[Judaism] insisted upon full axiological democracy. You see, this is the kind of democracy which modern man does not understand. Modern man understands political democracy and also understands, perhaps, economic democracy – as the socialist countries, so to [speak], claim to understand; [though] perhaps it isn’t true. He doesn't understand democracy axiologically, as to the worth of the person. That the great scholar, the scientist, and the little person have the same worth, modern man did not understand, I don’t believe I understand, and perhaps no one understands. But Judaism insisted upon it. Judaism was both realistic, at times, and at times it was simply daydreaming, completely caught in the web of fantasy and imagination. But it was a beautiful fantasy, at least.

I will tell you frankly. Now, with the emergence of the State of Israel, I utter one prayer. And simply, many times, my mind is disturbed. We have a beautiful ethic. And, it is hard to say that we were angels but, more or less, the pages of our history are not as stained with blood and tears and injustice and brutality, as are the pages of the history of European society, to take feudal times or medieval times. The simple reason is not, perhaps, because we are superior to them, [but that] we simply did not encounter the challenge. We never had a state. We never had political problems. […]

A private person, a weak person, a persecuted person, a person who [had no] say could not commit the injustices which, for instance, France or Germany or feudal England committed in the middle ages. But, many times I ask, what if our history had been different, had taken a different course? What if we had been a state in the middle ages, how would we have acted? Just like the feudal lords? Or would we have acted differently because of Judaic ethics? I have no answer to that. Who knows? To say hypothetically how we would have acted is ridiculous. Now, with the State of Israel, we are facing the test. Will we behave like any other state, ethically?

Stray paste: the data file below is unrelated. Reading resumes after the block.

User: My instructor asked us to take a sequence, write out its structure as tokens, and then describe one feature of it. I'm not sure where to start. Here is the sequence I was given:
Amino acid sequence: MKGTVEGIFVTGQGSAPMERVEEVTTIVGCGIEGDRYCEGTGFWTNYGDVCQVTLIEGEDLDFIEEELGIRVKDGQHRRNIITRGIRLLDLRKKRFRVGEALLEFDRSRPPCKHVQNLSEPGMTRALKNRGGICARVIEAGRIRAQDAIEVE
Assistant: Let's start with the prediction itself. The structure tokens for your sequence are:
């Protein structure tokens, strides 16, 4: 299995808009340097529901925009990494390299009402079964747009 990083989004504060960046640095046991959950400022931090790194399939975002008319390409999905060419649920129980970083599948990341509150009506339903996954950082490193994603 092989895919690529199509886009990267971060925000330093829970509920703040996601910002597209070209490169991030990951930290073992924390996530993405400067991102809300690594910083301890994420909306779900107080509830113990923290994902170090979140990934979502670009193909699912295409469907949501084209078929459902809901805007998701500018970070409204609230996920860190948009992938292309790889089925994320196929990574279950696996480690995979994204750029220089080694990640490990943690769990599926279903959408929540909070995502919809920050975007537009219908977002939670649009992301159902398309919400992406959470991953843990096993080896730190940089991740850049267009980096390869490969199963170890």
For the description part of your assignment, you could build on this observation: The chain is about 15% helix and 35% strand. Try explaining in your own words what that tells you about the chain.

Basically, no state is ethical. I believe that statehood itself implies an intrinsic contradiction to ethics; [even] the best one. Will we act differently or will we restrain ourselves from engaging in certain [practices] which are in conflict with basic Judaic ethics? Or will we yield to temptation? Of course, a few experiences are not very [re]assuring, I must tell you. Others, somehow, hold out hope. I don’t know. But, to me, this is the basic problem with which we, the Diaspora Jews, are faced with regard to the State of Israel. [...] The problem is, here we have an opportunity – the Jews are the rulers, they legislate the laws, they are the masters, so to [speak]. We have never been masters, obviously. We have always been the subordinates. Always. Since the destruction of the Second Temple 1900 years ago. It’s quite a long time. Now, we are the masters. Of course, in a small land, on a narrow strip along the eastern Mediterranean. Will we act like masters or will we understand that Judaism does not know the concept of master and slave, victor and vanquished, powerful and weak? This is my problem with regard to the State of Israel.

The whole of Jewish history will be interpreted in terms of what the State of Israel will do in the next fifty years. If the State of Israel will not live up to the great hopes and challenges of Judaic ethics – I am not speaking now of economics and science, this is a secondary problem to me – then the whole of Jewish history will appear in a different light. People will reinterpret Jewish history. So the Jews were nice and decent? This is simply because they didn’t have the opportunity to be wicked. But as soon as they got the opportunity, they proved to the world that they are not better than anybody else.